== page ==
Once the supervisor has mastered the fundamentals of job instruction, teaching becomes more effective and efficient than the typical “follow me and do as I do” method. When a new hire simply follows the supervisor around, the learning experience is not scripted. Their learning experience is based on what production duties the supervisor was challenged to finish that day. So, if the conveyors aren’t running well that day, or if there is a problem with the feed line, then that’s what a new employee will learn that day—not necessarily the skill sets the new person needs to do her job.

With standardized job instruction, on the other hand, the supervisor has defined steps to give new hires and other employees the training they really need.

Job instruction closes the TWI process loop by:
• Providing a methodology for training standardization
• Teaching skills faster, better, and more consistently from learner to learner
• Reinforcing the trust relationship, so that after the employee masters the job, he can trust others to communicate effectively in a team environment

Job methods: Building the foundation for training success

Job methods provides a proven methodology for removing “waste” from processes for both supervisors and operators.

For job methods to work, you have to be open to change. Job methods is based on small, incremental changes for continuous improvement, similar to rapid plan-do-check-act cycles in a Toyota Kata philosophy. It also incorporates some lean fundamentals, where we’ve learned that some of the best ideas come from people who do the work.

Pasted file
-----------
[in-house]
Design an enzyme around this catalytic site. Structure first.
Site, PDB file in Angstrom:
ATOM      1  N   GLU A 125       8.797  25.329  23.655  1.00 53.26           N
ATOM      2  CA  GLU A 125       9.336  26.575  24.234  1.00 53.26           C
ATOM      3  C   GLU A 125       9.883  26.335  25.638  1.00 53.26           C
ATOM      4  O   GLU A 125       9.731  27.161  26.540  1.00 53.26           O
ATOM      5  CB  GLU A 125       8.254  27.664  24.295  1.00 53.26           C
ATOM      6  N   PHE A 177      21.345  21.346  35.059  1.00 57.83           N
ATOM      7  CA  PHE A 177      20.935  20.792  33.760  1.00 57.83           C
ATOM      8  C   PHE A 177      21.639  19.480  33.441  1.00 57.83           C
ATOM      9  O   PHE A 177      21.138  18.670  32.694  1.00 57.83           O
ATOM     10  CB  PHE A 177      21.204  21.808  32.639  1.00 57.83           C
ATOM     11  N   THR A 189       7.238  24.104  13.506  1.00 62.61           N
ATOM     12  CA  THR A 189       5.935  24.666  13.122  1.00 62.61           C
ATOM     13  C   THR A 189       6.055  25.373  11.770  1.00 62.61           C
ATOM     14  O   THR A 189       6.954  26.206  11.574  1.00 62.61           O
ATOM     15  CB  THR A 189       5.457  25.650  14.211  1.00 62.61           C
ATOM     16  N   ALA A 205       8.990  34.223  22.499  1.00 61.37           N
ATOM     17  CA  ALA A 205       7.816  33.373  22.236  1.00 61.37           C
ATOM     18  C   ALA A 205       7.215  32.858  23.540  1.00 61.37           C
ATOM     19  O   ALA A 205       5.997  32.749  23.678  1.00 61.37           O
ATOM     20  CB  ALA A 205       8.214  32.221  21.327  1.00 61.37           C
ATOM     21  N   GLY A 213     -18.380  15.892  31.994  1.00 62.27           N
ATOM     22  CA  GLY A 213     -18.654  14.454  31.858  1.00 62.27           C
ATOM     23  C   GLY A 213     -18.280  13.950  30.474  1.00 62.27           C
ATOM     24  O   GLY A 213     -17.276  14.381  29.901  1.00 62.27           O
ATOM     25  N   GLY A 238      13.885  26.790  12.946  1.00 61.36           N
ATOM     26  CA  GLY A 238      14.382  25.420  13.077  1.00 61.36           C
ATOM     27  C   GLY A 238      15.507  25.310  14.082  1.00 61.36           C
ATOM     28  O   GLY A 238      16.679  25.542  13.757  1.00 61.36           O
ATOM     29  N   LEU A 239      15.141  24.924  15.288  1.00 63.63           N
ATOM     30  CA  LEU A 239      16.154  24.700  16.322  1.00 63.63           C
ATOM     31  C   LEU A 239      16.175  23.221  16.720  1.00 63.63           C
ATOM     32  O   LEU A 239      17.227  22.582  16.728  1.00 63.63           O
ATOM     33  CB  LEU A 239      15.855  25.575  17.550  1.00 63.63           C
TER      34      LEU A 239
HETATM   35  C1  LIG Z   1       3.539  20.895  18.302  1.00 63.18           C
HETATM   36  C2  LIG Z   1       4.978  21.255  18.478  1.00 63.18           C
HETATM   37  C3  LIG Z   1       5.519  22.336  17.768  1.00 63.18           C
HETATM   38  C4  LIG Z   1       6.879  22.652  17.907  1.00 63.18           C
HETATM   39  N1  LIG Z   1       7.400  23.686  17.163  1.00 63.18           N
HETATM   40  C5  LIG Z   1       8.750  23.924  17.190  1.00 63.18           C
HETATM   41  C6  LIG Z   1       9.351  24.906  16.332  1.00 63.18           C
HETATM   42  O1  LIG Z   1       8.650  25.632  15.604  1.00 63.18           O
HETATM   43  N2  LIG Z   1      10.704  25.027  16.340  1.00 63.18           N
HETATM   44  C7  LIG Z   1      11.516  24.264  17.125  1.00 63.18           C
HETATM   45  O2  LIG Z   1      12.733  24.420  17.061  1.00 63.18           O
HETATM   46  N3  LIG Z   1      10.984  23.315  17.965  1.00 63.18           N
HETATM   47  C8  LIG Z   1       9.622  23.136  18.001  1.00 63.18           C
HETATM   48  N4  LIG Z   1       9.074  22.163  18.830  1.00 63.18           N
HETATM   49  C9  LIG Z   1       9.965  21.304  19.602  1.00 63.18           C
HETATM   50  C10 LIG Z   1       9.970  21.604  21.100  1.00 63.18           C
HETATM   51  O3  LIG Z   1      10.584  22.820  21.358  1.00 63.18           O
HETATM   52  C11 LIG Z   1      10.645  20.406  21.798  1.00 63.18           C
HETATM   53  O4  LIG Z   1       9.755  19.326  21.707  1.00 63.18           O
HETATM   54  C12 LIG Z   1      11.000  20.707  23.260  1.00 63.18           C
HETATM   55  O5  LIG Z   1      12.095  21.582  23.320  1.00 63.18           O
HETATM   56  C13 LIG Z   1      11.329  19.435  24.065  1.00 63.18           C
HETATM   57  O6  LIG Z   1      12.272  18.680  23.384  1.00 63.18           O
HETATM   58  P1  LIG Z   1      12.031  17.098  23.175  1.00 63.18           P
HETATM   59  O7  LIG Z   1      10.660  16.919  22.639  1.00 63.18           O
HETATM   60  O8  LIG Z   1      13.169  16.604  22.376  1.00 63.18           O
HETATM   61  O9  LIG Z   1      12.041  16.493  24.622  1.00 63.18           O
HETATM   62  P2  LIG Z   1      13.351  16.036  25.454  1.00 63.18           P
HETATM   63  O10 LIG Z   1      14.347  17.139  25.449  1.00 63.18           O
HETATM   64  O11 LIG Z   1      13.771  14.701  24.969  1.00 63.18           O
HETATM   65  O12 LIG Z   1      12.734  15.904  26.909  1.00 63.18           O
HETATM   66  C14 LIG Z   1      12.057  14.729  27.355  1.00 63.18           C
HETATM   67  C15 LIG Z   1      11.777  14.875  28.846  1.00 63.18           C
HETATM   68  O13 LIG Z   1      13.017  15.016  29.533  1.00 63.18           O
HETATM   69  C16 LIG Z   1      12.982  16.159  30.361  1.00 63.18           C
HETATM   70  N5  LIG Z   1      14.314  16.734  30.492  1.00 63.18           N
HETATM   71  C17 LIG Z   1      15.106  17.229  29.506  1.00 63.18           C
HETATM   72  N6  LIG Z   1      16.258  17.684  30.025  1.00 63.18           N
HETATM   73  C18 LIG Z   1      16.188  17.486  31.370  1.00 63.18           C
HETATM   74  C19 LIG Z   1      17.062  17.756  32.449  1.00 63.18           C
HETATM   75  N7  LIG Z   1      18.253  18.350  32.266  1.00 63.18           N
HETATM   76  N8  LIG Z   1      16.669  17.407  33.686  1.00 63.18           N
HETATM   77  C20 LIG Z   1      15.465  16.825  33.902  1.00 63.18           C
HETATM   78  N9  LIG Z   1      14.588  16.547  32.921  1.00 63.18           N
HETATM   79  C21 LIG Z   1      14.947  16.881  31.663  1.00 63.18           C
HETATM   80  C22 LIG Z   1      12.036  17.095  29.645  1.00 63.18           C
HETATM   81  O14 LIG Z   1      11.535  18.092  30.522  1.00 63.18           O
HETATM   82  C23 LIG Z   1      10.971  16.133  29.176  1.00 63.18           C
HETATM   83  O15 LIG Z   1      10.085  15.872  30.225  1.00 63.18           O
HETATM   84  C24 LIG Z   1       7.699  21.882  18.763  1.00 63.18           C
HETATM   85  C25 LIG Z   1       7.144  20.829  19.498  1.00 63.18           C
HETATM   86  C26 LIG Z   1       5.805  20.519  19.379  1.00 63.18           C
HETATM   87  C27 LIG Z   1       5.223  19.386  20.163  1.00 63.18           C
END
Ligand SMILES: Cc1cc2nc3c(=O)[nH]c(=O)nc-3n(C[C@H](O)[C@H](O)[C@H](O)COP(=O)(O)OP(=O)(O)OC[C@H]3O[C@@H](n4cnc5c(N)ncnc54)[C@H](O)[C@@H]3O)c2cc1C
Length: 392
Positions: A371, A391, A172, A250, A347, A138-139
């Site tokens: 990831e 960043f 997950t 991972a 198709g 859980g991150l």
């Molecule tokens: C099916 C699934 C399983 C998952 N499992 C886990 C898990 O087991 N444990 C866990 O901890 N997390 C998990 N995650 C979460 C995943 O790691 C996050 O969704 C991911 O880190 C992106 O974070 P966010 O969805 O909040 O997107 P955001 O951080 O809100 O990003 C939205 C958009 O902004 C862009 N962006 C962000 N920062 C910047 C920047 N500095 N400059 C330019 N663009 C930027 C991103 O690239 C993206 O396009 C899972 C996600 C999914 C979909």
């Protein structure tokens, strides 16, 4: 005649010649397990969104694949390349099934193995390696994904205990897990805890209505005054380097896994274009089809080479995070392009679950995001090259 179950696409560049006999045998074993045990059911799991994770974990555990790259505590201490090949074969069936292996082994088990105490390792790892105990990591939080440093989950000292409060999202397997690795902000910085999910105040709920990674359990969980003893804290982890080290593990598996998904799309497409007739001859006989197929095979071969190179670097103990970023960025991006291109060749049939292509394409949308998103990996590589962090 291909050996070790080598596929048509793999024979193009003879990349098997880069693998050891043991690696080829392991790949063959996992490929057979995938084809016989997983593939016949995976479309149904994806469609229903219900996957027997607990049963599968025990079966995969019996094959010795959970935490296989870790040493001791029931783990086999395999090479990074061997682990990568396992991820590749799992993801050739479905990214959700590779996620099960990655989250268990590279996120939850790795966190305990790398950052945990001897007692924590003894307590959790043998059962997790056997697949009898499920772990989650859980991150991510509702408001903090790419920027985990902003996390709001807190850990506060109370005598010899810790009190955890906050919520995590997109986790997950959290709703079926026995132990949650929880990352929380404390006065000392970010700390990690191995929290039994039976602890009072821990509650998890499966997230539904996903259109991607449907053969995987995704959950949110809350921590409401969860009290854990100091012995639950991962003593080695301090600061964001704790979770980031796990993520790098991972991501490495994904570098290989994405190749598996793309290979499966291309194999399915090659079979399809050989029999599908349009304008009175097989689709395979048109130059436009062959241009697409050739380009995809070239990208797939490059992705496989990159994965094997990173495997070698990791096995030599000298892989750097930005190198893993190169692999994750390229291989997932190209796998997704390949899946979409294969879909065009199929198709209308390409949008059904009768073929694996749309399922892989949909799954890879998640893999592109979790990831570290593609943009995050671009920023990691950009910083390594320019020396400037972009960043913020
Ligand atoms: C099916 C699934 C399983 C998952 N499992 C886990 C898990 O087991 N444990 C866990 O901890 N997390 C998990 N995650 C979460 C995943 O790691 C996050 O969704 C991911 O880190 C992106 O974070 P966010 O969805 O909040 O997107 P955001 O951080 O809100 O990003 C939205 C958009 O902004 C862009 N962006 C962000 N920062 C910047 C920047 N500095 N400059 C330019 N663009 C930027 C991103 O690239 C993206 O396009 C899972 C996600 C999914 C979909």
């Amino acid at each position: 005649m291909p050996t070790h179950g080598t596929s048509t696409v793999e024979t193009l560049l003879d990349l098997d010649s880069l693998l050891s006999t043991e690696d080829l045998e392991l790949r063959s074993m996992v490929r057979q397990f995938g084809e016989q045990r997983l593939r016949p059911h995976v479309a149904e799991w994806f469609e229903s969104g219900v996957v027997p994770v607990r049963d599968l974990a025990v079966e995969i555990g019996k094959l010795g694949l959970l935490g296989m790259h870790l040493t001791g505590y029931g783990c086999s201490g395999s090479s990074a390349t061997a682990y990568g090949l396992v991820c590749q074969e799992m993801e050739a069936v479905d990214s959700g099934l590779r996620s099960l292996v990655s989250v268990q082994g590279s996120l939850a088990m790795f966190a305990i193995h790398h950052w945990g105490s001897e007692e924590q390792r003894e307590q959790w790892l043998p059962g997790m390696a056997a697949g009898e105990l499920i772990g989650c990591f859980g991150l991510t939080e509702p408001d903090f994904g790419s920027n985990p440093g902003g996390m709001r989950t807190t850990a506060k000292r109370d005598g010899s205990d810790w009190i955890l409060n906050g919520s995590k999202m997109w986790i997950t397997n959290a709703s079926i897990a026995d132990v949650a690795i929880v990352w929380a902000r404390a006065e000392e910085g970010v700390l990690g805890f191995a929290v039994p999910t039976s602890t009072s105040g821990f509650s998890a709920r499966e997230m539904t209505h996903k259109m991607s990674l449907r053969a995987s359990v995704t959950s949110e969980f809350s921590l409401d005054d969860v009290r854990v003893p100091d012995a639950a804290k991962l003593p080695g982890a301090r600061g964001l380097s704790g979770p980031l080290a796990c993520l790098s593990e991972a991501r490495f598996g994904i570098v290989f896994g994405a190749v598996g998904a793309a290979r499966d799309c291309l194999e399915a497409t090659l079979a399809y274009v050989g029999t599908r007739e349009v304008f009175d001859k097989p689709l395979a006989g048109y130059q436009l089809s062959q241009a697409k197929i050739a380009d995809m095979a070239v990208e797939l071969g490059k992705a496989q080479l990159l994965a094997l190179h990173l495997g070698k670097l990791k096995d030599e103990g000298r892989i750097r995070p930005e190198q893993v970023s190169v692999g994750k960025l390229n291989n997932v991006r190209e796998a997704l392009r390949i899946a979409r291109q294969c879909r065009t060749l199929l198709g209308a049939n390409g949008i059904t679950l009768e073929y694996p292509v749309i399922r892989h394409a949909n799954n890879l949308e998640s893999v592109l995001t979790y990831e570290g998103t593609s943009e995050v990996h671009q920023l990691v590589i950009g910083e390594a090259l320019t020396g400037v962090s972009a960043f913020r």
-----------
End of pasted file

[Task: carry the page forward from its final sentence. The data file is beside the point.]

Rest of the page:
But lean often lacks the culture of trust that encourages employees to share their ideas. TWI removes obstacles like distrust during the job relations phase, which is critical for making workers feel secure enough to offer new ideas and be open to small, incremental changes via job methods.

Because job relations has established trust, employees feel more in control when changes are made in job methods to increase workflow and improve quality and safety. These process improvements can proceed without major disruptions to production. The result is increased work collaboration without the fear of rejection or embarrassment.